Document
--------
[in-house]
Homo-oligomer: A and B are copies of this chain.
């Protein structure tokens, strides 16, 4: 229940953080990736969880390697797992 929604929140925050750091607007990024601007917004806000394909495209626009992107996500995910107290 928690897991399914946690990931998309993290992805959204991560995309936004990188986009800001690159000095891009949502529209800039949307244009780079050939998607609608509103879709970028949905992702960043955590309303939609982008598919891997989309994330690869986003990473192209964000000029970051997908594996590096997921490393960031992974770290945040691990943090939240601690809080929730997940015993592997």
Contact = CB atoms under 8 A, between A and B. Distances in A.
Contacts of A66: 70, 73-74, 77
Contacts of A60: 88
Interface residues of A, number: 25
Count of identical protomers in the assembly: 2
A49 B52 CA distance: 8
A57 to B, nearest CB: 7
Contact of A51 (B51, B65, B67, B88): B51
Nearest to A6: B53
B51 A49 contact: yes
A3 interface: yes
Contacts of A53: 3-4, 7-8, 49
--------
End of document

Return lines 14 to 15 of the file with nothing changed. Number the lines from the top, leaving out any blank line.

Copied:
A3 interface: yes
Contacts of A53: 3-4, 7-8, 49